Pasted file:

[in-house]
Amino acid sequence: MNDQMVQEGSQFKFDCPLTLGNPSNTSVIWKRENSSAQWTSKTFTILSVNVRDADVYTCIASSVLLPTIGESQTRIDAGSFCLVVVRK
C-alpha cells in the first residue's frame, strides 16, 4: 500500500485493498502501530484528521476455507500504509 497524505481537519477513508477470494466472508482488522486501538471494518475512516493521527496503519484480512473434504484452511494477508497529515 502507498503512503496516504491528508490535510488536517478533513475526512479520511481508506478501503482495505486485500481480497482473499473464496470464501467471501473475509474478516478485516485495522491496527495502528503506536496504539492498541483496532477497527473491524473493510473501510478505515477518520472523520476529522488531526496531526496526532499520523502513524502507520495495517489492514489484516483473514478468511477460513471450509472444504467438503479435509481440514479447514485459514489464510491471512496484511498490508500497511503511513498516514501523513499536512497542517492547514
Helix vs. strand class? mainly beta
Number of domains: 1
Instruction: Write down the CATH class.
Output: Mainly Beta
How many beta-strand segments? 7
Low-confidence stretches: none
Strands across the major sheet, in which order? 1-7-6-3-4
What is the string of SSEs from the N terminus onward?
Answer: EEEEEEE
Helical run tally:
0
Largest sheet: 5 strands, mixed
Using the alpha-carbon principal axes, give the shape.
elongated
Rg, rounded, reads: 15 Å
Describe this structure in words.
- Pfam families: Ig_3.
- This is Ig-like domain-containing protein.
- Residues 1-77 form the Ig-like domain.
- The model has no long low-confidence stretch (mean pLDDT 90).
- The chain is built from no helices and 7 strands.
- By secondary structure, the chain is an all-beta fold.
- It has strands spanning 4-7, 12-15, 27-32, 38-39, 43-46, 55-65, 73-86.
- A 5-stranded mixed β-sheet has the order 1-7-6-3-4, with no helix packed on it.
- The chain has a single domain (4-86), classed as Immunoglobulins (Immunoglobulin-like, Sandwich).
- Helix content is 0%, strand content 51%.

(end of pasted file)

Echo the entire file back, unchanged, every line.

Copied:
[in-house]
Amino acid sequence: MNDQMVQEGSQFKFDCPLTLGNPSNTSVIWKRENSSAQWTSKTFTILSVNVRDADVYTCIASSVLLPTIGESQTRIDAGSFCLVVVRK
C-alpha cells in the first residue's frame, strides 16, 4: 500500500485493498502501530484528521476455507500504509 497524505481537519477513508477470494466472508482488522486501538471494518475512516493521527496503519484480512473434504484452511494477508497529515 502507498503512503496516504491528508490535510488536517478533513475526512479520511481508506478501503482495505486485500481480497482473499473464496470464501467471501473475509474478516478485516485495522491496527495502528503506536496504539492498541483496532477497527473491524473493510473501510478505515477518520472523520476529522488531526496531526496526532499520523502513524502507520495495517489492514489484516483473514478468511477460513471450509472444504467438503479435509481440514479447514485459514489464510491471512496484511498490508500497511503511513498516514501523513499536512497542517492547514
Helix vs. strand class? mainly beta
Number of domains: 1
Instruction: Write down the CATH class.
Output: Mainly Beta
How many beta-strand segments? 7
Low-confidence stretches: none
Strands across the major sheet, in which order? 1-7-6-3-4
What is the string of SSEs from the N terminus onward?
Answer: EEEEEEE
Helical run tally:
0
Largest sheet: 5 strands, mixed
Using the alpha-carbon principal axes, give the shape.
elongated
Rg, rounded, reads: 15 Å
Describe this structure in words.
- Pfam families: Ig_3.
- This is Ig-like domain-containing protein.
- Residues 1-77 form the Ig-like domain.
- The model has no long low-confidence stretch (mean pLDDT 90).
- The chain is built from no helices and 7 strands.
- By secondary structure, the chain is an all-beta fold.
- It has strands spanning 4-7, 12-15, 27-32, 38-39, 43-46, 55-65, 73-86.
- A 5-stranded mixed β-sheet has the order 1-7-6-3-4, with no helix packed on it.
- The chain has a single domain (4-86), classed as Immunoglobulins (Immunoglobulin-like, Sandwich).
- Helix content is 0%, strand content 51%.